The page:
During a six month residency in Bern, Switzerland, Travis Leroy Southworth spent much of his time investigating the Large Hadron Collider run by the European Organization for Nuclear Research. Having completed the residency, he approached Projective City with a proposal for his most ambitious project to date. Inspired by the power of the CERN synchrotron to produce tens of petabytes of data per year, Southworth believed it possible to produce a slightly smaller scale, Do-It-Yourself version of the hadron collider, to enable his own experiments on the invisible particles that compose us. The project promised to further Southworth’s ongoing artistic investigations into the cosmic forces that continually mold us, and his presentation of the self in relation to the universe.
Nevertheless, even a smaller version promised to be much larger than his domestic arrangements could accommodate, so he approached Projective City about using the large gallery space in Paris as a workshop in which to build his hi-tech machine. We were initially overjoyed by the possibility of bringing such a worthwhile scientific project into the context of an art gallery, but if we had known the extent of the project we might not have been so eager.
In order to install a bank of superconductive magnets, Southworth demolished much of the east wall of the gallery while the staff vacationed in New York, initiating what will likely be protracted litigation between the building managers and the gallery. The gallery in Paris remains closed pending further legal action and is unavailable for French visitors. However, the Paris-Scope viewer was largely undamaged, and New Yorkers can still avail themselves of this unique opportunity to see the results of art and science colliding. Though this might mean the end of the Projective City gallery space in Paris, we feel Southworth’s accomplishment should be celebrated as best as possible under the circumstances, as it so clearly embodies the qualities of passionate inquiry, curiosity, and purity of heart we hope to foster.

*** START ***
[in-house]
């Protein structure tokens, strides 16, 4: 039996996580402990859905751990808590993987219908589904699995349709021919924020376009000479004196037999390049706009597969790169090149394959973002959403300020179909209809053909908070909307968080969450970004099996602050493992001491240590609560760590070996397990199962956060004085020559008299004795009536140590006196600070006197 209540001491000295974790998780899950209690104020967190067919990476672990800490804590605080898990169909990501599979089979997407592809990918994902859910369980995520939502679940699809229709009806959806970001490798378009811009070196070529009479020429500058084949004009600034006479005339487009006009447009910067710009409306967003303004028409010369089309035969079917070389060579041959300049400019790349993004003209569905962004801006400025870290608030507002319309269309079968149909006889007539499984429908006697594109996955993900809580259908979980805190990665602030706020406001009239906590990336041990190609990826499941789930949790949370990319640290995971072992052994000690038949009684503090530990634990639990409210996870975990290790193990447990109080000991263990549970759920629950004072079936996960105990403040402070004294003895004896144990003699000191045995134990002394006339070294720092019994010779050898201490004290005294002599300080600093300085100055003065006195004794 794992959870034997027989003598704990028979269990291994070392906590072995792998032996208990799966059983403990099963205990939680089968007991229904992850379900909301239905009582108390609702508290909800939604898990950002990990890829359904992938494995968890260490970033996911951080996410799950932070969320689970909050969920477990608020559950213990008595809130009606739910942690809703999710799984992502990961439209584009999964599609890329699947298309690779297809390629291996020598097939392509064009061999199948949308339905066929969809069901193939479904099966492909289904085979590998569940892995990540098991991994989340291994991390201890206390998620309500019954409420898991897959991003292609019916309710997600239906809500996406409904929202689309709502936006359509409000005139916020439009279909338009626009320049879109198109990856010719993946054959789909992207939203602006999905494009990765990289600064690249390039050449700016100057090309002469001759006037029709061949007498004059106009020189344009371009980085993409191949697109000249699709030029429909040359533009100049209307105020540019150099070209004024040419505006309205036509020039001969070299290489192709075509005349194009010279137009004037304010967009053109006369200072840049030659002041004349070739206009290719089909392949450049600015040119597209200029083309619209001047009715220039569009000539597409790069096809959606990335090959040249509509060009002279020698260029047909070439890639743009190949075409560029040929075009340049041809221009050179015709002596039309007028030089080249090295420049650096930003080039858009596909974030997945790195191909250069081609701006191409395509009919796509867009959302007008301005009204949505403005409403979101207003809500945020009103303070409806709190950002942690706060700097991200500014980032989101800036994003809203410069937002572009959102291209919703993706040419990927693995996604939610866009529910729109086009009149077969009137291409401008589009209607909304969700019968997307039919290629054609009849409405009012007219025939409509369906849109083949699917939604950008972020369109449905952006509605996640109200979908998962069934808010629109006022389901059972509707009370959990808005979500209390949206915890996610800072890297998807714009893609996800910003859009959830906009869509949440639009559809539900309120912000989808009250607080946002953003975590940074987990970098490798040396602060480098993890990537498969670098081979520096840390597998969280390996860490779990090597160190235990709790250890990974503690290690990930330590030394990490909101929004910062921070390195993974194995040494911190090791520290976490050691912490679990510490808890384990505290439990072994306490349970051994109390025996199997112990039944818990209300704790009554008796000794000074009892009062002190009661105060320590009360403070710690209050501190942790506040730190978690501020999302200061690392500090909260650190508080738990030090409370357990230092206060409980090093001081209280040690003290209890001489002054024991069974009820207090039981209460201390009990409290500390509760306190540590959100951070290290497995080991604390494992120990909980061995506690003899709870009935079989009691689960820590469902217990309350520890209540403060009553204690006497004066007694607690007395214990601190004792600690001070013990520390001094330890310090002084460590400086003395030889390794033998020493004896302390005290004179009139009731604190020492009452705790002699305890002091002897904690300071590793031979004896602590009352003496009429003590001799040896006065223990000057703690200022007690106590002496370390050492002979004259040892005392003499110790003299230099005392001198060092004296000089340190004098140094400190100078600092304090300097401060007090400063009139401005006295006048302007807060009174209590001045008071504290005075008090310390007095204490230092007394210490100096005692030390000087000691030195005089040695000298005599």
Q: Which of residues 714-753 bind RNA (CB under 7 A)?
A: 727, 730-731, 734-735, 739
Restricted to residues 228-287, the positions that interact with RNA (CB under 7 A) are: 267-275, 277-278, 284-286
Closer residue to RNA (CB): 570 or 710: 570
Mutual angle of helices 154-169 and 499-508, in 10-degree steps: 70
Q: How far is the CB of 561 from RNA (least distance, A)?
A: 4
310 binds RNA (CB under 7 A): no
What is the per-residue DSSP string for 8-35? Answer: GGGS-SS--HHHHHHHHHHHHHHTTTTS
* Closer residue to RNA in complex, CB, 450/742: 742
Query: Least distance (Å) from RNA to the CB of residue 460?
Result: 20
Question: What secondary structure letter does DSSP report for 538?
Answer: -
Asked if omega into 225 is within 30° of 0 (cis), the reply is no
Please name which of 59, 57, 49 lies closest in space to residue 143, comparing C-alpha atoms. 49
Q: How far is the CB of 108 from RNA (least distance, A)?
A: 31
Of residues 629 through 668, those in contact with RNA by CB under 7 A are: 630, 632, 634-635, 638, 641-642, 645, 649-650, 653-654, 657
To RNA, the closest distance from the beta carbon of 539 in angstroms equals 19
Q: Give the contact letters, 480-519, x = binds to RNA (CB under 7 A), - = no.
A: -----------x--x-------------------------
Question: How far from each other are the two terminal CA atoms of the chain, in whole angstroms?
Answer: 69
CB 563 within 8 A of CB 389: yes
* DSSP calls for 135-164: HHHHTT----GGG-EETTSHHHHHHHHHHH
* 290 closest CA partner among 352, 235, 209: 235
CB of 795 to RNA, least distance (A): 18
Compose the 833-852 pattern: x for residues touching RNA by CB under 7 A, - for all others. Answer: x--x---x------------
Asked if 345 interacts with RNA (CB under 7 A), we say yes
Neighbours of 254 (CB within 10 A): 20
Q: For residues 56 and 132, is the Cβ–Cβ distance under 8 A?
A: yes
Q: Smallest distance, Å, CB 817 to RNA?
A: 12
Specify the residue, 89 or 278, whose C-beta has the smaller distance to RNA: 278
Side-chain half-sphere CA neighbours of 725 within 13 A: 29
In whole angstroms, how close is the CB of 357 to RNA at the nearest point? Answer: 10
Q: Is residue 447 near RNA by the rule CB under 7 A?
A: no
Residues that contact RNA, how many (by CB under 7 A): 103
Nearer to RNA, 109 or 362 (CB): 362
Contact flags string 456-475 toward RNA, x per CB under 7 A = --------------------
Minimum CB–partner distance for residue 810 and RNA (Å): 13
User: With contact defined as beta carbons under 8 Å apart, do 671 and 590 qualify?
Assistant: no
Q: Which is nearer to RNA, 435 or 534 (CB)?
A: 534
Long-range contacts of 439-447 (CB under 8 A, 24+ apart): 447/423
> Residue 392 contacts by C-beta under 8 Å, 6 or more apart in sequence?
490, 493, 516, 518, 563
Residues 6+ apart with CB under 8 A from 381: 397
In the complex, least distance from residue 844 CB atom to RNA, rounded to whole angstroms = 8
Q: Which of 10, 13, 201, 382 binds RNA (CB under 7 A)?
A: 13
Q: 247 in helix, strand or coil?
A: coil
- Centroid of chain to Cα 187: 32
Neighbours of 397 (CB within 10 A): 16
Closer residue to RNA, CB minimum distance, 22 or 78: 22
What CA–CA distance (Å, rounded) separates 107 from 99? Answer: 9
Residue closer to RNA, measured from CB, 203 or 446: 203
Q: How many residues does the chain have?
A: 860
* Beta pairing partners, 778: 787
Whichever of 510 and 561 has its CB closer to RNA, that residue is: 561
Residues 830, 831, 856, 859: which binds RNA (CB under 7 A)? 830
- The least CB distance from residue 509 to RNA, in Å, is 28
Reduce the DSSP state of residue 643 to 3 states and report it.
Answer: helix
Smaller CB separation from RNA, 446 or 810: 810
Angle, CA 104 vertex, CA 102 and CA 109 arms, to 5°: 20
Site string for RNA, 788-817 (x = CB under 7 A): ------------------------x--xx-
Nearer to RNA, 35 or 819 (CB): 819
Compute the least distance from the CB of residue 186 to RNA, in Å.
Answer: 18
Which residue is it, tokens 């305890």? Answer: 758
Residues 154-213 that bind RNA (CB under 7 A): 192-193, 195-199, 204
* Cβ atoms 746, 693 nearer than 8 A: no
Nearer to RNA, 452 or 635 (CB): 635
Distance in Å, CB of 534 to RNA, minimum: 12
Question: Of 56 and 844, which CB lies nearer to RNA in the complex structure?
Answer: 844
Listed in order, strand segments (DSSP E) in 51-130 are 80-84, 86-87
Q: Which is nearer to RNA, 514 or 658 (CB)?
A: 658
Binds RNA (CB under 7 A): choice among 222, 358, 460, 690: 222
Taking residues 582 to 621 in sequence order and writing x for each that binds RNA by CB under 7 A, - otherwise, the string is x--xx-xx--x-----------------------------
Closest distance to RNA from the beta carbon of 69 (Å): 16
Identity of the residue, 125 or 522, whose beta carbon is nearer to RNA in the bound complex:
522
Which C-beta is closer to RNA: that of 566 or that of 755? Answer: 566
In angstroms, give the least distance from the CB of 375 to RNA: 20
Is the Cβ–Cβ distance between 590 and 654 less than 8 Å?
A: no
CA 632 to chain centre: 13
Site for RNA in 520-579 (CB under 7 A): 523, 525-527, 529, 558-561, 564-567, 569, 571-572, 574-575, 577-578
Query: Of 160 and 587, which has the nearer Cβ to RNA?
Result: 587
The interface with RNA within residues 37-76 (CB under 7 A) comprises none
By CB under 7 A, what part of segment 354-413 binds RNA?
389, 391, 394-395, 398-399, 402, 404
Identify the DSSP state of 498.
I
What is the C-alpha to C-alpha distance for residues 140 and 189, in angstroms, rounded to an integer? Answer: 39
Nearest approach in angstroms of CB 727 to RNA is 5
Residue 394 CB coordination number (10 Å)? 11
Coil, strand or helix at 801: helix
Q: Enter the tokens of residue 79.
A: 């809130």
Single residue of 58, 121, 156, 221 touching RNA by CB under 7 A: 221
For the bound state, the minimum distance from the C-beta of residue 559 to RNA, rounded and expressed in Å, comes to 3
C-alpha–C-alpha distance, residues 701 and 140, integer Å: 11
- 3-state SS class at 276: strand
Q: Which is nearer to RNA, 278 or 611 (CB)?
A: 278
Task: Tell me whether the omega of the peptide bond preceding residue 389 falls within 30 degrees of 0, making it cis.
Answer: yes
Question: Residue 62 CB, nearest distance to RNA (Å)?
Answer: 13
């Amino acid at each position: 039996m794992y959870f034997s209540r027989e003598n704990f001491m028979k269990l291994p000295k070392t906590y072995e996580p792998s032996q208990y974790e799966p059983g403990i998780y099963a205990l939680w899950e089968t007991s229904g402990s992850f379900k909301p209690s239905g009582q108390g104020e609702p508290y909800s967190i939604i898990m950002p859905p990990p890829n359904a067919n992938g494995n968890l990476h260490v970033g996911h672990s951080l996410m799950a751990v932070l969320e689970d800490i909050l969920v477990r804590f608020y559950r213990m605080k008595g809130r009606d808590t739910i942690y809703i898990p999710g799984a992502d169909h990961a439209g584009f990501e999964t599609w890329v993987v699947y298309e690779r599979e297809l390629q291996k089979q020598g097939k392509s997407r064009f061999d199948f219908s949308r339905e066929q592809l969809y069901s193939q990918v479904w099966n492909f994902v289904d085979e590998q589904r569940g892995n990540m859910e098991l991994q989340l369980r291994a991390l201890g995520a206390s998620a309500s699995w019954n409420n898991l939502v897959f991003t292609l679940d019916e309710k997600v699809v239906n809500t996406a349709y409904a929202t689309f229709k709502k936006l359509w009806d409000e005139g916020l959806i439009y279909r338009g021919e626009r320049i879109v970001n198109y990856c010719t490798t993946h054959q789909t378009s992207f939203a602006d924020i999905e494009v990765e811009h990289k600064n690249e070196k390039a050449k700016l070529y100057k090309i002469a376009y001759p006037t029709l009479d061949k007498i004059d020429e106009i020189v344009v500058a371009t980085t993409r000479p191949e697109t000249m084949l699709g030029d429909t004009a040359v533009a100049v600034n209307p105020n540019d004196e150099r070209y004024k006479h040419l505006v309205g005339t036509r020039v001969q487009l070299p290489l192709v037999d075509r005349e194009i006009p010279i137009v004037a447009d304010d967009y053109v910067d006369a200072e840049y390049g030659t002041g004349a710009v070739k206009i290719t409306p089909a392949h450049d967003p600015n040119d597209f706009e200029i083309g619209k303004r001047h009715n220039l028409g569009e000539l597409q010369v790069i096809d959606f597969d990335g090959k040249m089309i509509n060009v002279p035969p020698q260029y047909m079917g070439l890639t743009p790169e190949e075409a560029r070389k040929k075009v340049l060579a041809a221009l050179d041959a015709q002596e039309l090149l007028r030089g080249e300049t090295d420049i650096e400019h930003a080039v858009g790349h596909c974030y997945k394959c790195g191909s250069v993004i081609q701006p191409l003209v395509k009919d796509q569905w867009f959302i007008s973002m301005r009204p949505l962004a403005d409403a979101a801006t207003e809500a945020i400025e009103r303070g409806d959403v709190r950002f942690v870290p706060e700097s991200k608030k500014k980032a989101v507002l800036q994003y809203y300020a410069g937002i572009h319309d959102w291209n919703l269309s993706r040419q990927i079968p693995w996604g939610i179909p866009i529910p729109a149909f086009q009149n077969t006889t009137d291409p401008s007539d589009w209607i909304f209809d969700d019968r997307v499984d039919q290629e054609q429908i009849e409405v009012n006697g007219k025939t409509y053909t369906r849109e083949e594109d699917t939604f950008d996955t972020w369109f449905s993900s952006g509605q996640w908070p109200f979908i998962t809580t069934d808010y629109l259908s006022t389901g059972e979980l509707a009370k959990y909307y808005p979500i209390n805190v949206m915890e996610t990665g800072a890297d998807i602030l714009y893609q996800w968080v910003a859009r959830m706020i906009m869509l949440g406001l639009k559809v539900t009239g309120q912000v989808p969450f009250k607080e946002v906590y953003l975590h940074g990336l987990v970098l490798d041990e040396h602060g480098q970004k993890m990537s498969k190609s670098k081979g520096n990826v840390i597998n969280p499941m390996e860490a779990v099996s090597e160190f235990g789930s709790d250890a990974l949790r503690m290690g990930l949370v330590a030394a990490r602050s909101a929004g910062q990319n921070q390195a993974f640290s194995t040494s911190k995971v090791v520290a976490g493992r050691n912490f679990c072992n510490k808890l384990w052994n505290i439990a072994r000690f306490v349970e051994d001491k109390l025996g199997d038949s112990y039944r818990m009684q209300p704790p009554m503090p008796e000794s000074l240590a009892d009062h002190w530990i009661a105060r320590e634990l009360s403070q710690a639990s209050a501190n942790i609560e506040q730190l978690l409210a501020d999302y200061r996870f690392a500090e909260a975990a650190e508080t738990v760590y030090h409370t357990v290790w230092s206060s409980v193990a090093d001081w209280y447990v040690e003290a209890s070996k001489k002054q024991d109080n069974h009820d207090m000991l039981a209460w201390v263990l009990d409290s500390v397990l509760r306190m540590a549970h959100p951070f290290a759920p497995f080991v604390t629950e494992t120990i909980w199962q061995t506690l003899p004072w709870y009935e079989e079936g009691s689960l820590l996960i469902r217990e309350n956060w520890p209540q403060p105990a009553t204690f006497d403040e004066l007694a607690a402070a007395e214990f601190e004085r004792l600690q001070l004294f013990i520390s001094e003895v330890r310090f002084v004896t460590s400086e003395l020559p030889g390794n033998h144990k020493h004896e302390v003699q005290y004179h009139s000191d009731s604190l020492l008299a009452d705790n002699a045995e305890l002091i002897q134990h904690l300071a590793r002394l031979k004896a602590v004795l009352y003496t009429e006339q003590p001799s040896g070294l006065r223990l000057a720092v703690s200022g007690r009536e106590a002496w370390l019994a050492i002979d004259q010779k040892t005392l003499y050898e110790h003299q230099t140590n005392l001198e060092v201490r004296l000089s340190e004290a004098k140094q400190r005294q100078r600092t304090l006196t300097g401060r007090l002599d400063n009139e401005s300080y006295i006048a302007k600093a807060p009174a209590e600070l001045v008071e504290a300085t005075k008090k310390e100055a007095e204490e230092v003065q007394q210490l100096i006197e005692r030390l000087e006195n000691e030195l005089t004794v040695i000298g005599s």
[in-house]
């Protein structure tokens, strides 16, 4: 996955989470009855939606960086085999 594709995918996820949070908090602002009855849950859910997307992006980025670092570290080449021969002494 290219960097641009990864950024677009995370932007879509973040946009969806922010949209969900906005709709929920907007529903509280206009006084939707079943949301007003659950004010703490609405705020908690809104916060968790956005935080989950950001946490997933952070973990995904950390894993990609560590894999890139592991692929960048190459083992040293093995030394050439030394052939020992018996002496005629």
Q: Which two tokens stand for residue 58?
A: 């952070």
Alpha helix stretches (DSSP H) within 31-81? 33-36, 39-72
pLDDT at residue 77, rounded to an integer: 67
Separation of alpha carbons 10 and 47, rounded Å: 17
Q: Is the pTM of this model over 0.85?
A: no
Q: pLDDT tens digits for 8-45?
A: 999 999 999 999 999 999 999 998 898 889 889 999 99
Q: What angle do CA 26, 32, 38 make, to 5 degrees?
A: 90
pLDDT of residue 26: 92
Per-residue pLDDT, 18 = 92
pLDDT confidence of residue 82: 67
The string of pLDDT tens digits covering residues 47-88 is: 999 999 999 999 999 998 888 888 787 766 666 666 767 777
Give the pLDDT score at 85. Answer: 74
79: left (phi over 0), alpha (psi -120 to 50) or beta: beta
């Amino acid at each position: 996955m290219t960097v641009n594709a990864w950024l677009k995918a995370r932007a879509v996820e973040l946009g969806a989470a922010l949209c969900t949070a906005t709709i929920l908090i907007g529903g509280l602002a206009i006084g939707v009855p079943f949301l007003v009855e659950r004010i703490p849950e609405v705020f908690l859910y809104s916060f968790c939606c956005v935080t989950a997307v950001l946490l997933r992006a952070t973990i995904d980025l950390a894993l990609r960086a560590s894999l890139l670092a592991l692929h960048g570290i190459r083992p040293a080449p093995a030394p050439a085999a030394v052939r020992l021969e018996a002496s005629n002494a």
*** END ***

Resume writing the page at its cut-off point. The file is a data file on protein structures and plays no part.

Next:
Brooklyn-based Travis Leroy Southworth holds an MFA from the Art Institute of Chicago and has exhibited his work at The Drawing Center (NYC), Martha Otero Gallery (Los Angeles), Mixed Greens Gallery (solo project, NYC), Thomas Robertello Gallery (Chicago), The Bronx Museum of Art (Bronx), Arthouse at the Jones Center (Austin), and the Center for Curatorial Studies at the Hessel Museum of Art (New York). He was awarded a 2010 Fellowship in Photography from the New York Foundation for the Arts, and has participated in the Artist in the Marketplace (AIM 29) Program at The Bronx Museum of Art.